2. Change it Up
Sometimes we fall into a rut. It’s been said the only difference between a rut and a grave is the depth of the hole. While rituals and regularity can be helpful in establishing habits, a ritual that steers you into a rut is a hinderence. It’s time to shake things up and try something new in your journal.
Write someplace you’ve never written before. Switch morning for evening and vice versa. Try a different pen. Just do something different, something new. A change of scenery can have a huge impact on your journaling.
Novel experiences physically alter your brain chemistry, stimulating you and boosting creativty and motivation. It’s an instant hit of inspiration!
3. Get Creative
If your journal writing has become tiresome, try putting the words aside for a day. Try taking photos instead to tell the story of your life.
Infuse your journaling with some heart. Or make a collage to explain how you’re feeling. One of my favorite ways to collage is to chop up old magazines and use the headlines and text to tell my own narrative.
Try some art journaling.
4. Use Tools
There are plenty of journal writing tools out there, including great decks of cards that supply you with ideas for topics to write on. I really like the Wide Open deck and the Inner Outings kit.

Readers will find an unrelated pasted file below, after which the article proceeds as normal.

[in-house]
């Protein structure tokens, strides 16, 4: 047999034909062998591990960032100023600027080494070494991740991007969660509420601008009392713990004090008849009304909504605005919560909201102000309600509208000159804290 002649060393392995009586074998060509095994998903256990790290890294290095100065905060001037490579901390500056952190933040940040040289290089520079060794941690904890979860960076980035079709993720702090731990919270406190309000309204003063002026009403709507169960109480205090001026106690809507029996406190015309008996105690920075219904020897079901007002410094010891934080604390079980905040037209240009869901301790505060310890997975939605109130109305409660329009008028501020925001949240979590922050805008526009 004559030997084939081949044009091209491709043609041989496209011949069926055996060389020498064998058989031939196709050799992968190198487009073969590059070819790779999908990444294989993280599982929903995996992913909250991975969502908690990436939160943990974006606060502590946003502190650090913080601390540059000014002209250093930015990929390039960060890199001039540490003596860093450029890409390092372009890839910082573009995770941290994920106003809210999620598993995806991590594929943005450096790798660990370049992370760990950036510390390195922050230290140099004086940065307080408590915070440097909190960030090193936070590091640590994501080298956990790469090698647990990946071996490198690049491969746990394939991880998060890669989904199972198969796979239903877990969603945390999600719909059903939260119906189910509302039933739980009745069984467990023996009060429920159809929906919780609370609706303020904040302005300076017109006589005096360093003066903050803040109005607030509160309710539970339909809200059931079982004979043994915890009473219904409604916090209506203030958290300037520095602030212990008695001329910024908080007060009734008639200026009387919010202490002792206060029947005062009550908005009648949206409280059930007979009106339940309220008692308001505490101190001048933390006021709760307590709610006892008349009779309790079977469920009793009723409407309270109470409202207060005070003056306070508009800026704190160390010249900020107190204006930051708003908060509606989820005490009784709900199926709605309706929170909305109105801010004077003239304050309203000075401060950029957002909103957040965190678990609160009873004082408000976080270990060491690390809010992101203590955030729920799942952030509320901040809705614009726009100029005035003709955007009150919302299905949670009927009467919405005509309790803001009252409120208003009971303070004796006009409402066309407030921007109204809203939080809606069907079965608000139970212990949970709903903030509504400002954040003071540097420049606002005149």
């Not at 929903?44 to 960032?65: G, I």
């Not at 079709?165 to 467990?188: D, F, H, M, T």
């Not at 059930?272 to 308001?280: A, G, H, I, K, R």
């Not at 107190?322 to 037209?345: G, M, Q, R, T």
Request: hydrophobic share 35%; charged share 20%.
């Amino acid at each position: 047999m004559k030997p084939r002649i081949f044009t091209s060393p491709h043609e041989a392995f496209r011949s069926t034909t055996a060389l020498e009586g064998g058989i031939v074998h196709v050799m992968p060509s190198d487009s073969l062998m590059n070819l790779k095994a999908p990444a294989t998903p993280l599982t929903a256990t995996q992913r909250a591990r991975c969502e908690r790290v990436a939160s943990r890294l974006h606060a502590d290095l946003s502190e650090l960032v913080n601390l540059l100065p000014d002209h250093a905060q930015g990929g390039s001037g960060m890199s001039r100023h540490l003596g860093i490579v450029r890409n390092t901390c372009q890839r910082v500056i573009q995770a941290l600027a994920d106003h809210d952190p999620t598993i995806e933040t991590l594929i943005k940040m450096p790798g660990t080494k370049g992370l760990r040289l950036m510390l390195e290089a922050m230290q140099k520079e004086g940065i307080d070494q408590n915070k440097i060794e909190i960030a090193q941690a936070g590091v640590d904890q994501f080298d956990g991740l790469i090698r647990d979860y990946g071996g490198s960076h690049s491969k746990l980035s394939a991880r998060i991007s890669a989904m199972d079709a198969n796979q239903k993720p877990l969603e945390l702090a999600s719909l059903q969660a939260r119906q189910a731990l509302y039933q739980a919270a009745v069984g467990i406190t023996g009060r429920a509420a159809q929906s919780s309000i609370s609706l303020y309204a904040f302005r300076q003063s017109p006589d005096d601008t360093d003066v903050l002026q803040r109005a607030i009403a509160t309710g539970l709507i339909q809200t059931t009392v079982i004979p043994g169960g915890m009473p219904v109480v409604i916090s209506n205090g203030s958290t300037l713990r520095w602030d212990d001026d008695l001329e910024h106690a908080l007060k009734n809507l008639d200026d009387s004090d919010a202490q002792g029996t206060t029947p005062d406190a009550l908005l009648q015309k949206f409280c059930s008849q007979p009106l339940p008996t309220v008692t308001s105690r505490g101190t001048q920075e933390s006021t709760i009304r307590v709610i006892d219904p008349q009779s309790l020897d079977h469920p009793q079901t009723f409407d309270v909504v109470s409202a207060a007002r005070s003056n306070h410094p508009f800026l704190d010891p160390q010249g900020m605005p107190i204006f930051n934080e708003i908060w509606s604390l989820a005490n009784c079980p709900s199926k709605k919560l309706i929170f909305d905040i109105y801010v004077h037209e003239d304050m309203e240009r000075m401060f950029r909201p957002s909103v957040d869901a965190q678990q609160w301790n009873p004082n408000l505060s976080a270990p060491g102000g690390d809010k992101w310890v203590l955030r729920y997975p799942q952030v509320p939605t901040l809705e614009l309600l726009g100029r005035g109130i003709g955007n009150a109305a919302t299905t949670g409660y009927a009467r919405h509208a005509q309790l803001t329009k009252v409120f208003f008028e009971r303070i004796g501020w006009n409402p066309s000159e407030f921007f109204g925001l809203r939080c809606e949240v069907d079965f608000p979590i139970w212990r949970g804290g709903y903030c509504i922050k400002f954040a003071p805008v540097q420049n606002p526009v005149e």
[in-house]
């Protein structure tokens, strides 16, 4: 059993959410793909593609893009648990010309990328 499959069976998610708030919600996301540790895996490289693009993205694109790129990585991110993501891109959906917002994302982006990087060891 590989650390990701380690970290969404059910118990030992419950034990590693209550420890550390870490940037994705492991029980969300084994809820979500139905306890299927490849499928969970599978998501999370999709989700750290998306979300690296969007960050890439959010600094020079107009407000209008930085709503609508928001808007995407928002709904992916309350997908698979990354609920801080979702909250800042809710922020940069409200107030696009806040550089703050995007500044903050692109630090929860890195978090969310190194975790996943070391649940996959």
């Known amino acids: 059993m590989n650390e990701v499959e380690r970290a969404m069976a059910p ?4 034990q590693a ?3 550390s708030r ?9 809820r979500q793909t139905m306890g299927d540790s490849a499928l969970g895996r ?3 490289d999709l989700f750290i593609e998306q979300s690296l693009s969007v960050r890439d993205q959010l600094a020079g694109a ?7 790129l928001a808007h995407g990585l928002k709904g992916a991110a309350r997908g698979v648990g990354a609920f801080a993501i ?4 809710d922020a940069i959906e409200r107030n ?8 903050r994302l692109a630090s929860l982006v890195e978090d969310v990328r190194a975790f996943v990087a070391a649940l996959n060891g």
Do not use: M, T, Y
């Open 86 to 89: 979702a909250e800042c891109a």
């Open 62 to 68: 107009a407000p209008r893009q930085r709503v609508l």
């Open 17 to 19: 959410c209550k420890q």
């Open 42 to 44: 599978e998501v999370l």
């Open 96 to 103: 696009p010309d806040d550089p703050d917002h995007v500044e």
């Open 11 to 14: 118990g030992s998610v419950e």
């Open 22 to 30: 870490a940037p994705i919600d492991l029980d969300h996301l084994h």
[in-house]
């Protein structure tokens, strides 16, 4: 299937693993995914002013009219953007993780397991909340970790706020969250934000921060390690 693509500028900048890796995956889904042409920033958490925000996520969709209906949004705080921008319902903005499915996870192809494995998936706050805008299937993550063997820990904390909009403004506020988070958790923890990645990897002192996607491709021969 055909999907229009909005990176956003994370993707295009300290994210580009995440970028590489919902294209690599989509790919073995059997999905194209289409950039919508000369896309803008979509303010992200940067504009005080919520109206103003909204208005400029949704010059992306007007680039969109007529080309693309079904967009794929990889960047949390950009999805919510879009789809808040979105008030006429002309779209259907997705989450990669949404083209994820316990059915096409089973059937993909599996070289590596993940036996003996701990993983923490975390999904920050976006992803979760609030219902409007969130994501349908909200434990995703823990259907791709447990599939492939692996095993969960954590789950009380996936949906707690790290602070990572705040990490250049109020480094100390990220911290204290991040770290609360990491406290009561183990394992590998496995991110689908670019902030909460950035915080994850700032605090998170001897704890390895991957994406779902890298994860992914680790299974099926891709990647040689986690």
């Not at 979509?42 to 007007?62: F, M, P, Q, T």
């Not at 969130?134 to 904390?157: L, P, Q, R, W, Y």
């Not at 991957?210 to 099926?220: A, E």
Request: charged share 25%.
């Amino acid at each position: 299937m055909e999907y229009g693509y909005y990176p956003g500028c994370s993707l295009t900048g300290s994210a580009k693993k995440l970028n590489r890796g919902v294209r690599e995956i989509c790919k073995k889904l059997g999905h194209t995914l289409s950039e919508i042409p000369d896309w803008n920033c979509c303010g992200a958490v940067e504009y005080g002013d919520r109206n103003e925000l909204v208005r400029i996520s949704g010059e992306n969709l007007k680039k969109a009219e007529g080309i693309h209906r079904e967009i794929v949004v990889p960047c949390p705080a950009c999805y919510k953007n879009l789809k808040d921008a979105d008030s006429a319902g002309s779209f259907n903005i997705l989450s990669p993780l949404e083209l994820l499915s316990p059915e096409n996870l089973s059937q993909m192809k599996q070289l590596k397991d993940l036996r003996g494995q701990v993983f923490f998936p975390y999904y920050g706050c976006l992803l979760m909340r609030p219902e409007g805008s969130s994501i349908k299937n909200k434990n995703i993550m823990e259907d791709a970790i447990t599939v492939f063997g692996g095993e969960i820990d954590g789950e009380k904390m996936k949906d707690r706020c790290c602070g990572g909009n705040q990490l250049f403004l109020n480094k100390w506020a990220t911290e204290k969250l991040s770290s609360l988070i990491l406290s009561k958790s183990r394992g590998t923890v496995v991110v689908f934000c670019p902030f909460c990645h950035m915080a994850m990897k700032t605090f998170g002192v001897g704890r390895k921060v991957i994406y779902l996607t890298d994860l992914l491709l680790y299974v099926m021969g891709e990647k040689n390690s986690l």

Sometimes a little external nudge will get you moving in the right direction.
5. Use Prompts — or don’t
If you normally use prompts to write in your journal, try taking a break from that and just write from your heart and mind. If your writing is normally unstructured, try a journaling prompt to get you writing again.
6. Change Your Point of View
Write in the third person. Write from the point of view of yourself as a child, or as your significantly-older self. This exercise is like looking at a familiar room while hanging upside down. Everything seems new and different.
7. Take a Break
Although I’m a big believer in the value of daily journaling, it’s okay to take a break, too. I need a day or two off every once in awhile myself. If you’re new to journaling, it’s a good idea to write regularly until it becomes a habit. But if you’ve been doing it awhile, there’s no reason you can’t take a few days away from the page. Go for a walk, get some fresh air.
I almost always find that a little journaling vacation refreshes my desire to write, and I often have lots of material to cover when I return.
Journaling should be enjoyable (most of the time). So if you’re finding yourself sick of it, bored with it, or just plain don’t wanna, try one of these tools to get the juices flowing again.
Have your own recommendations for overcoming journaling blahs? Leave them in the comments below so we can all give it a shot!